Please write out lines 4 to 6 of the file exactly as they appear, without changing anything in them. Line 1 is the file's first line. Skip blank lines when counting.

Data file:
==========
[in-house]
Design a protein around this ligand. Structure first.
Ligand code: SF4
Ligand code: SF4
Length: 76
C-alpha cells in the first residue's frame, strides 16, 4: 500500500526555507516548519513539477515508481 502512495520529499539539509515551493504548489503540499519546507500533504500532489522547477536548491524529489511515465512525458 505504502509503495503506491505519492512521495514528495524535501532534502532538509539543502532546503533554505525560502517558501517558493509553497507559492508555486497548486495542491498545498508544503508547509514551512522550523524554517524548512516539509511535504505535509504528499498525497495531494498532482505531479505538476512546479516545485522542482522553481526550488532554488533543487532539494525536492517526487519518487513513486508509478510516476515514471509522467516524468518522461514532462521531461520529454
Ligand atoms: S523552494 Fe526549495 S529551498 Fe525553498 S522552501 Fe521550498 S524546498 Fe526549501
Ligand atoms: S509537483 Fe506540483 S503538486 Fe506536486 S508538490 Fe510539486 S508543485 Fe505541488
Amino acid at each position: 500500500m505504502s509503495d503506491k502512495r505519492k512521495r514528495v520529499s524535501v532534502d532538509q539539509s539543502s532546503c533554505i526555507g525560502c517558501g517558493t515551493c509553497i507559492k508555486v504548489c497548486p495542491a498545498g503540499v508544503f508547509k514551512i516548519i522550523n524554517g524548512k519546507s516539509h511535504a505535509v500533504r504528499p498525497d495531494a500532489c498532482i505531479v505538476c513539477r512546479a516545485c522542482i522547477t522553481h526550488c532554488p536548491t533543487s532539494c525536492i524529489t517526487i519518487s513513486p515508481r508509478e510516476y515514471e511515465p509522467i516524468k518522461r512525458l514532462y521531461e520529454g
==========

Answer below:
Ligand code: SF4
Length: 76
C-alpha cells in the first residue's frame, strides 16, 4: 500500500526555507516548519513539477515508481 502512495520529499539539509515551493504548489503540499519546507500533504500532489522547477536548491524529489511515465512525458 505504502509503495503506491505519492512521495514528495524535501532534502532538509539543502532546503533554505525560502517558501517558493509553497507559492508555486497548486495542491498545498508544503508547509514551512522550523524554517524548512516539509511535504505535509504528499498525497495531494498532482505531479505538476512546479516545485522542482522553481526550488532554488533543487532539494525536492517526487519518487513513486508509478510516476515514471509522467516524468518522461514532462521531461520529454